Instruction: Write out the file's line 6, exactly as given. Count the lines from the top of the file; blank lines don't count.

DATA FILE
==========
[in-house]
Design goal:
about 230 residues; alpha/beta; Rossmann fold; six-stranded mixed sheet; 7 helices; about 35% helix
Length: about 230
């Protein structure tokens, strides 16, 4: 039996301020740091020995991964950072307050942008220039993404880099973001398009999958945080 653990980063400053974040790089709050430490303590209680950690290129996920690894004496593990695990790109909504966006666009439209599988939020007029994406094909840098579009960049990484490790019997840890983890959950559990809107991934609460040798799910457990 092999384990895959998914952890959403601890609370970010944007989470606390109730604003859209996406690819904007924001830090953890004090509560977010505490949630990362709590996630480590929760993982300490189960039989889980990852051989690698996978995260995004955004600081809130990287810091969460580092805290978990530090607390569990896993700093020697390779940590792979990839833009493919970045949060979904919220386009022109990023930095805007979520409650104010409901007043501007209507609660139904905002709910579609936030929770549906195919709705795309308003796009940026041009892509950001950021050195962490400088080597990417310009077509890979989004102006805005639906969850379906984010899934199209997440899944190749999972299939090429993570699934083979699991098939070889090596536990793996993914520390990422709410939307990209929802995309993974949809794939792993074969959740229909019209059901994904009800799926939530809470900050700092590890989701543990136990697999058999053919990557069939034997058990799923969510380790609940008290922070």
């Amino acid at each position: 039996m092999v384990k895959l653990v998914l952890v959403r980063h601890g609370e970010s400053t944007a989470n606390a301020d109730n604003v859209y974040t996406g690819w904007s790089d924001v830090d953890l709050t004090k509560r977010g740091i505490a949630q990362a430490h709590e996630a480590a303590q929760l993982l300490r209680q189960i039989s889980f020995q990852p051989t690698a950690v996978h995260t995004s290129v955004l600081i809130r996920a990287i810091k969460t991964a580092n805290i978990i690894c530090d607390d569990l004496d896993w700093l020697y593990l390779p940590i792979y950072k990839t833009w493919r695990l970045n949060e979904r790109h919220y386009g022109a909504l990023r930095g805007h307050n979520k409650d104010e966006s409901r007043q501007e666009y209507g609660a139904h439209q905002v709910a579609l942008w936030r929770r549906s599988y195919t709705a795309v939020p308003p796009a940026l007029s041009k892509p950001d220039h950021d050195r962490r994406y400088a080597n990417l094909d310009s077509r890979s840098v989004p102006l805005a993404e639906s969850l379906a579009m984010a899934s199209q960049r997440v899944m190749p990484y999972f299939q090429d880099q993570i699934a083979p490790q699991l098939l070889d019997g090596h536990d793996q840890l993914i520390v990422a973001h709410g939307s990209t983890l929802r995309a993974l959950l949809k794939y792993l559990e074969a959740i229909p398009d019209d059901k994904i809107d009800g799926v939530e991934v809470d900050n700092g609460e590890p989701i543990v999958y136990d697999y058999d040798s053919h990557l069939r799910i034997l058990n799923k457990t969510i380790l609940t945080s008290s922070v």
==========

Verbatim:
């Amino acid at each position: 039996m092999v384990k895959l653990v998914l952890v959403r980063h601890g609370e970010s400053t944007a989470n606390a301020d109730n604003v859209y974040t996406g690819w904007s790089d924001v830090d953890l709050t004090k509560r977010g740091i505490a949630q990362a430490h709590e996630a480590a303590q929760l993982l300490r209680q189960i039989s889980f020995q990852p051989t690698a950690v996978h995260t995004s290129v955004l600081i809130r996920a990287i810091k969460t991964a580092n805290i978990i690894c530090d607390d569990l004496d896993w700093l020697y593990l390779p940590i792979y950072k990839t833009w493919r695990l970045n949060e979904r790109h919220y386009g022109a909504l990023r930095g805007h307050n979520k409650d104010e966006s409901r007043q501007e666009y209507g609660a139904h439209q905002v709910a579609l942008w936030r929770r549906s599988y195919t709705a795309v939020p308003p796009a940026l007029s041009k892509p950001d220039h950021d050195r962490r994406y400088a080597n990417l094909d310009s077509r890979s840098v989004p102006l805005a993404e639906s969850l379906a579009m984010a899934s199209q960049r997440v899944m190749p990484y999972f299939q090429d880099q993570i699934a083979p490790q699991l098939l070889d019997g090596h536990d793996q840890l993914i520390v990422a973001h709410g939307s990209t983890l929802r995309a993974l959950l949809k794939y792993l559990e074969a959740i229909p398009d019209d059901k994904i809107d009800g799926v939530e991934v809470d900050n700092g609460e590890p989701i543990v999958y136990d697999y058999d040798s053919h990557l069939r799910i034997l058990n799923k457990t969510i380790l609940t945080s008290s922070v």